Following on from the previous post, we will consider the final stages of the RPL process. This is where the evidence is checked against the appropriate benchmark to determine if it meets the Rules of Evidence for the scope of the RPL application, while as a process maintaining its integrity in the relevant aspects of the Principles of Assessment.
As you consider the decisions being made within the process at these points, it is easier to see how a clear and informed understanding of not just the process, but the intended outcome have a very real impact upon the effectiveness of how RPL is conducted and an accurate determination of competence made. So after collecting the evidence, the next stage is to assess.
The determine stage can at times be somewhat fluid, with its boundaries not being consistently defined within fixed conclusive parameters. While working through the collect and assess stages, there may be aspects of the process that are more accurately defined as being a part of the determine stage. This overlapping approach is able to be applied effectively by Assessors who have a well-rounded understanding of the requirements of the Unit of Competence, associated regulations, legislation, industry/enterprise standards and practices, and Client’s needs. The purpose of this stage is to ensure all of the ‘i’s are dotted and the ‘t’s are crossed within the evidence as measured against the requirements of the Unit of Competence before making a decision on the competence of the Client. Once these points have been covered and the evidence is deemed to meet the requirements of the Unit of Competence and dimensions of the rules of evidence, a determination that is consistent with the principles of assessment can be made. Competent, or not yet competent? That is the question.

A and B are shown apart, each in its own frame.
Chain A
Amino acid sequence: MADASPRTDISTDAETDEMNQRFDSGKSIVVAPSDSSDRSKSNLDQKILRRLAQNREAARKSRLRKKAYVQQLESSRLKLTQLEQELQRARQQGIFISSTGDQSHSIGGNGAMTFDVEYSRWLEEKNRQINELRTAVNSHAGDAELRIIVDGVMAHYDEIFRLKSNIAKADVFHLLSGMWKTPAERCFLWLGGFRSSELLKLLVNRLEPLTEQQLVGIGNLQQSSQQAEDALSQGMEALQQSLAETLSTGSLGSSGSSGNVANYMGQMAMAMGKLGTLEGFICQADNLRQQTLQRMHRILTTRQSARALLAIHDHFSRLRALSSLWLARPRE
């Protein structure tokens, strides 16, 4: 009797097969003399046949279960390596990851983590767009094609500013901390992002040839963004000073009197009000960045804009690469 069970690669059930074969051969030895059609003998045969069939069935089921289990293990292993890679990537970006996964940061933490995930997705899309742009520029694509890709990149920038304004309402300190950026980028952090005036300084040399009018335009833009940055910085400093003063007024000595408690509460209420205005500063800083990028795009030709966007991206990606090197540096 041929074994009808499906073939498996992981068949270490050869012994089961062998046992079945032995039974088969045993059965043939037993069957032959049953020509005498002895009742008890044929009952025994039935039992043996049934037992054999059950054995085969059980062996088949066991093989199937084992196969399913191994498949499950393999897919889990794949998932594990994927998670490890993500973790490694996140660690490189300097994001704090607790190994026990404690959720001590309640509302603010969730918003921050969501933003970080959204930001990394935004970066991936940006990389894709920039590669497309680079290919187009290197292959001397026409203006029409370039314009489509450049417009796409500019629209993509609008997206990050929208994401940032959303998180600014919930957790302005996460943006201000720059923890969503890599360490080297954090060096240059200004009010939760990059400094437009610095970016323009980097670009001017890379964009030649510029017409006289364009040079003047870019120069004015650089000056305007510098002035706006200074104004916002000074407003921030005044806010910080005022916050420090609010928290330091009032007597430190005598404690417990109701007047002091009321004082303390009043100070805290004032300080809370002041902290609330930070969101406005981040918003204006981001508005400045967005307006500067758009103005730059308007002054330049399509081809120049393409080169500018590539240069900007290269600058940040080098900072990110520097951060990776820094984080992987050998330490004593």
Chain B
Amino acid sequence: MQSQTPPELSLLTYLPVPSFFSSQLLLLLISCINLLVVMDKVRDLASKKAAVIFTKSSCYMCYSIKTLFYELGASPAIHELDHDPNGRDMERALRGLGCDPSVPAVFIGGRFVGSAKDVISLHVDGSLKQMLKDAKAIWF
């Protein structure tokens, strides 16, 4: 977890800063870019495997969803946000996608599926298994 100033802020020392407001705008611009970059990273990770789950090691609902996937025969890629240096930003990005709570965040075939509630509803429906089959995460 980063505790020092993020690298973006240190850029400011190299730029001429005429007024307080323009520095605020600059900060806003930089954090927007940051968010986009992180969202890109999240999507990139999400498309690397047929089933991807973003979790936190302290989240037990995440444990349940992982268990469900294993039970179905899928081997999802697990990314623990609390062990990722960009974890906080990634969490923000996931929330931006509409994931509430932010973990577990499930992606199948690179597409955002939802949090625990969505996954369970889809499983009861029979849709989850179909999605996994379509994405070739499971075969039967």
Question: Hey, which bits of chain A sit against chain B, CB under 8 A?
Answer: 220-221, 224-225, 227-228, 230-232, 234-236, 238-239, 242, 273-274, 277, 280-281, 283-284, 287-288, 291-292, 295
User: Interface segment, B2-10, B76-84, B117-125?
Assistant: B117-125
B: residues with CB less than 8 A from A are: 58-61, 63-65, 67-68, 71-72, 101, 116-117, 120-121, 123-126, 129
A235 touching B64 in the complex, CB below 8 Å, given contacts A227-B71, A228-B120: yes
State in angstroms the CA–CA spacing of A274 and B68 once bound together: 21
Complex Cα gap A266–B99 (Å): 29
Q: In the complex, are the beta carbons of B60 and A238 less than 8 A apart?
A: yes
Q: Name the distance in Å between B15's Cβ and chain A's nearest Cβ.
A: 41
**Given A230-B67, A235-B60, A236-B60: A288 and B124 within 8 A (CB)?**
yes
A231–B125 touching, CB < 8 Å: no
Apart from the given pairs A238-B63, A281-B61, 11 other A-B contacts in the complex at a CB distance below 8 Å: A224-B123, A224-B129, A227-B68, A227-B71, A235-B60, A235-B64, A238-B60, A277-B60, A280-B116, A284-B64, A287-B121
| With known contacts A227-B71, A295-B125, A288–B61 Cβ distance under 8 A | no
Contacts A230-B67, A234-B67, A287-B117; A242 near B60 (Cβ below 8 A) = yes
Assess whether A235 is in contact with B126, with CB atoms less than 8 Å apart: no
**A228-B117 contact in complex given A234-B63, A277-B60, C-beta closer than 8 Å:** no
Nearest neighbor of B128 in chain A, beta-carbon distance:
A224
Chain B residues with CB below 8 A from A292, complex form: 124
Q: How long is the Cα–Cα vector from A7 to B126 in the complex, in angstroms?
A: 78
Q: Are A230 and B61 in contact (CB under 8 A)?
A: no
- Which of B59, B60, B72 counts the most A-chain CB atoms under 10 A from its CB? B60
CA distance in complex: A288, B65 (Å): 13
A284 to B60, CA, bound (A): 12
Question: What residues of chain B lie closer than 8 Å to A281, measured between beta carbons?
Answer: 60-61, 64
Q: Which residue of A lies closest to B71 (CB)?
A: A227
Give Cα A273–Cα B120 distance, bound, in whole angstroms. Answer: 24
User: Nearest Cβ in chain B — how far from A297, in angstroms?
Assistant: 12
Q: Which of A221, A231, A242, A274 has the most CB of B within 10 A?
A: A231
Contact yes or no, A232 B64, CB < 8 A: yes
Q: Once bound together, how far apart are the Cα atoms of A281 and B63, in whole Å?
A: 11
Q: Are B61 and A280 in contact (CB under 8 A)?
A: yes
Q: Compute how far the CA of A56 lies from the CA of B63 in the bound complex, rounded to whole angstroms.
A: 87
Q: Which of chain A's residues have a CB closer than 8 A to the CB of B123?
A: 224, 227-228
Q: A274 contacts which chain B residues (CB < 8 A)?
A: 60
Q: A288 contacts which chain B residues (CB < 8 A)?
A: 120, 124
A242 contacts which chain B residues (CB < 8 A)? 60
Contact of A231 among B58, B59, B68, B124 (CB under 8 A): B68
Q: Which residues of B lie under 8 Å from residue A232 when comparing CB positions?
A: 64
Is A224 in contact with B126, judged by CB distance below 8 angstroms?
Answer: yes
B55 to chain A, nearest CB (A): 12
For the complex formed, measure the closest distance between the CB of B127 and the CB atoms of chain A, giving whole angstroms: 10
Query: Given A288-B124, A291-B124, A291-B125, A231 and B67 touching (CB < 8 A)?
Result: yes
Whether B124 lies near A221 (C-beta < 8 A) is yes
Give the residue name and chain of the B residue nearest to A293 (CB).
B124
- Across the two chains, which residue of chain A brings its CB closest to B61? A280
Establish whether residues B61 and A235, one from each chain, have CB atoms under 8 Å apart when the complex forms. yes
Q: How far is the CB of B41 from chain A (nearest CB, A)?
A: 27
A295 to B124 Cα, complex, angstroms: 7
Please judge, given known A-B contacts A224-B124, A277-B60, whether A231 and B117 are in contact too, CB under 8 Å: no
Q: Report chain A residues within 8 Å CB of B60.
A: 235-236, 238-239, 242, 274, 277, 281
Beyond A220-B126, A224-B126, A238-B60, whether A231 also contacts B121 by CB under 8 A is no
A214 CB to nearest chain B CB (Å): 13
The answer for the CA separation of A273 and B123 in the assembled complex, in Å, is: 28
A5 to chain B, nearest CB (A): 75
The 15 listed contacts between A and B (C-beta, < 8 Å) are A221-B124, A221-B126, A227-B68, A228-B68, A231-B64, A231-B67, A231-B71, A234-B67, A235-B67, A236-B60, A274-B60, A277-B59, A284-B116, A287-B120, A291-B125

Determination processes can be supported through moderation (professional judgement), where the submissions of evidence and any recorded demonstrations are able to be considered by other experienced Assessors to ensure a fair and accurate determination is provided.
During the determination stage, feedback to and from the Client is an extremely valuable and important part of the process. The provision of feedback to the Client will establish the foundation for the following stages. The receipt and analysis of feedback from the Client needs to be recorded and considered in future validation processes.
If the determination is made that the Client is ‘not yet competent’, then the points that were the catalyst for this decision will require gap training in order to work towards achieving a ‘competent’ outcome. This situation can generally be planned for if the previous stages are well structured and the strategy devised is robust. The identification of gaps that require training may be difficult to spot at times, but once identified these must be addressed before a determination of competence is made.
Where gap training is identified as being required, appropriate strategies need to be developed to support the process in consultation with the Client.
If a determination of ‘competent’ is made, the finalisation of documentation related to the completion of the RPL process is completed, followed by the issuing of a Statement of Attainment or a Qualification. Documentation relating to assessment decisions must be retained by the RTO.
RPL as a process is not bound by any single correct approach. There are many different ways to conduct RPL which is added to in complexity by the many different Units of Competence and Qualifications available.
By working within strategies for conducting RPL, as an Assessor you are also able to support required aspects of SNRs 15.2 and 15.5 (Elements 1.2 and 1.5 in the AQTF). The strategy must ensure that the process of RPL is able to support the principles of assessment and gather evidence that is consistent with the rules of evidence to support the outcomes, including meeting any workplace and regulatory requirements.
RPL processes and RPL assessment tools require validation just as much as any other processes or tools used in any assessment strategy to ensure they are able to meet the requirements in delivering an assessment result that is consistent with the principles of assessment, the rules of evidence and the requirements of the Training Package in line with industry standards and practices.
After RPL processes have been completed, feedback collected from the Client that proves to be ‘sufficient’ will support the judgment of how effective the service provided really is. Using this data to drive continuous improvement and develop a more effective service will support compliance with SNR 16.2 (Element 2.2 of the AQTF).